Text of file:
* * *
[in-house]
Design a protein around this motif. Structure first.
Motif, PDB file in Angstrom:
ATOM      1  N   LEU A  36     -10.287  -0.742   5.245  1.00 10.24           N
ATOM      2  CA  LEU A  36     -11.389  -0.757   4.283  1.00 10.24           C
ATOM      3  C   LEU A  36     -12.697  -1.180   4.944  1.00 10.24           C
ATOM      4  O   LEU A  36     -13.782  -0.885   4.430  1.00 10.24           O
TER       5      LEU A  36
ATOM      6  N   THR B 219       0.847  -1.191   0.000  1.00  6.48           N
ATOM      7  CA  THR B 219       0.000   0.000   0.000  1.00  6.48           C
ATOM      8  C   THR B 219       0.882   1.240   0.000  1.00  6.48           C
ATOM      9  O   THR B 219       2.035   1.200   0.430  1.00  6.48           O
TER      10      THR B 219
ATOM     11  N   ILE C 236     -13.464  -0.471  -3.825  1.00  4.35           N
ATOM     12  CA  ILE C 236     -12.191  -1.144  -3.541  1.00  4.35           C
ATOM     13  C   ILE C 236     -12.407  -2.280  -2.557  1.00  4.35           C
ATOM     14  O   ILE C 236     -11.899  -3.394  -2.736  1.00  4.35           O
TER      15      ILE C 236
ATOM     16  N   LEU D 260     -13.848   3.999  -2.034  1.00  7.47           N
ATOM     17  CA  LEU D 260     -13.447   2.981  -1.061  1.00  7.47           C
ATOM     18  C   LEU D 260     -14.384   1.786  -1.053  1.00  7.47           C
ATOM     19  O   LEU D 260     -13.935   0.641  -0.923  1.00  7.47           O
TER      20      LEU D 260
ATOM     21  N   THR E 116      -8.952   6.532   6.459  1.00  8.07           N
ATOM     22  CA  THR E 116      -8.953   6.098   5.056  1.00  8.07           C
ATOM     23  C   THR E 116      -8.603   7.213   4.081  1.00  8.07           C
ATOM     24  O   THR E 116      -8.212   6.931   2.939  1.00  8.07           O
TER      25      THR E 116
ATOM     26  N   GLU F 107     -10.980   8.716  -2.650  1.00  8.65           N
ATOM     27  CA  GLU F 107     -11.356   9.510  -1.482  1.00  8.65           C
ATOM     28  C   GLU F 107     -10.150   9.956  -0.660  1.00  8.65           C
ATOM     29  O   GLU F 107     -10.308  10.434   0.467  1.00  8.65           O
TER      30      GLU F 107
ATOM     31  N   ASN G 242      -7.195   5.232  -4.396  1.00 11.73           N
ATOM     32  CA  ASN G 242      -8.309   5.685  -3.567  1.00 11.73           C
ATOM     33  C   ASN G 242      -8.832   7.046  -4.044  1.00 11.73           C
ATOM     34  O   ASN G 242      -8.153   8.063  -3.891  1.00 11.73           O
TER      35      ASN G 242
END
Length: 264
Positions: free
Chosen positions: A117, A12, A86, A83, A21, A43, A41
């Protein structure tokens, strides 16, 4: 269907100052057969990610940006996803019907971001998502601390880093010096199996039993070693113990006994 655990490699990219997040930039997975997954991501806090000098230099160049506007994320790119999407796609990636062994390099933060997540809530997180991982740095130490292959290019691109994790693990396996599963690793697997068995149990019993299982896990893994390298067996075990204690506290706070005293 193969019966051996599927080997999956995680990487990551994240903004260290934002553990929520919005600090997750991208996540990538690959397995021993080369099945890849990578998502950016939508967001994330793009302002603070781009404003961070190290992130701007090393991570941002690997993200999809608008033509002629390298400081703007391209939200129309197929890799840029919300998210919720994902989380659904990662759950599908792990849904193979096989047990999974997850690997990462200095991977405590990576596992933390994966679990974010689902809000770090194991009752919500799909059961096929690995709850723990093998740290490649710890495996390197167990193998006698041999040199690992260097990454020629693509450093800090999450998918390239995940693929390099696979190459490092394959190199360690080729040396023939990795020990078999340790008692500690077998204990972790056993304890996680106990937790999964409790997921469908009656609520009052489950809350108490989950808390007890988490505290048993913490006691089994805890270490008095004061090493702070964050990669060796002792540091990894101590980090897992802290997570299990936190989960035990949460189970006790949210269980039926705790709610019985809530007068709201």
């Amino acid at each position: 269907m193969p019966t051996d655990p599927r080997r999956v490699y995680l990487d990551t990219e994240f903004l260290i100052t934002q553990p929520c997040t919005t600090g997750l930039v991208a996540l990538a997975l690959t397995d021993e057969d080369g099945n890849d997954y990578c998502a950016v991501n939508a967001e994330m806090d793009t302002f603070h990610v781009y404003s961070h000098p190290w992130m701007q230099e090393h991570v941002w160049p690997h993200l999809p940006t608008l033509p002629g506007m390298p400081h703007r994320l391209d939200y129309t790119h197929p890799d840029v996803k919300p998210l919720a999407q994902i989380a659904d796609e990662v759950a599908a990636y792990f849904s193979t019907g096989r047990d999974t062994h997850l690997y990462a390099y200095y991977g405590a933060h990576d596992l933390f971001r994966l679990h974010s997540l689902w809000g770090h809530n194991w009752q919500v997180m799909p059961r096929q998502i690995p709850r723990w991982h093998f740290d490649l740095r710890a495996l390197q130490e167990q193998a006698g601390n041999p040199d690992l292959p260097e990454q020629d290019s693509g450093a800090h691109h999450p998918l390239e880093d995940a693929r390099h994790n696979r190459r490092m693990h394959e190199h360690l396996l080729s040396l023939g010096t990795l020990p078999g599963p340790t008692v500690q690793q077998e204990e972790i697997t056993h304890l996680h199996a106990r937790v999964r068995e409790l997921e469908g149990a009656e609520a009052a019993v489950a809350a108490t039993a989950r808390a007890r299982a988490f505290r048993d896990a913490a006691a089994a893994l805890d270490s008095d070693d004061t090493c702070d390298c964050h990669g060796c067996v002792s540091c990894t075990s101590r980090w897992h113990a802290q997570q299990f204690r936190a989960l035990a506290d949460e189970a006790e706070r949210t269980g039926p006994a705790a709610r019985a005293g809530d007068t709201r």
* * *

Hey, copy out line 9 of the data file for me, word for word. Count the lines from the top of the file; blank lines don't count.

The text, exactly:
ATOM      6  N   THR B 219       0.847  -1.191   0.000  1.00  6.48           N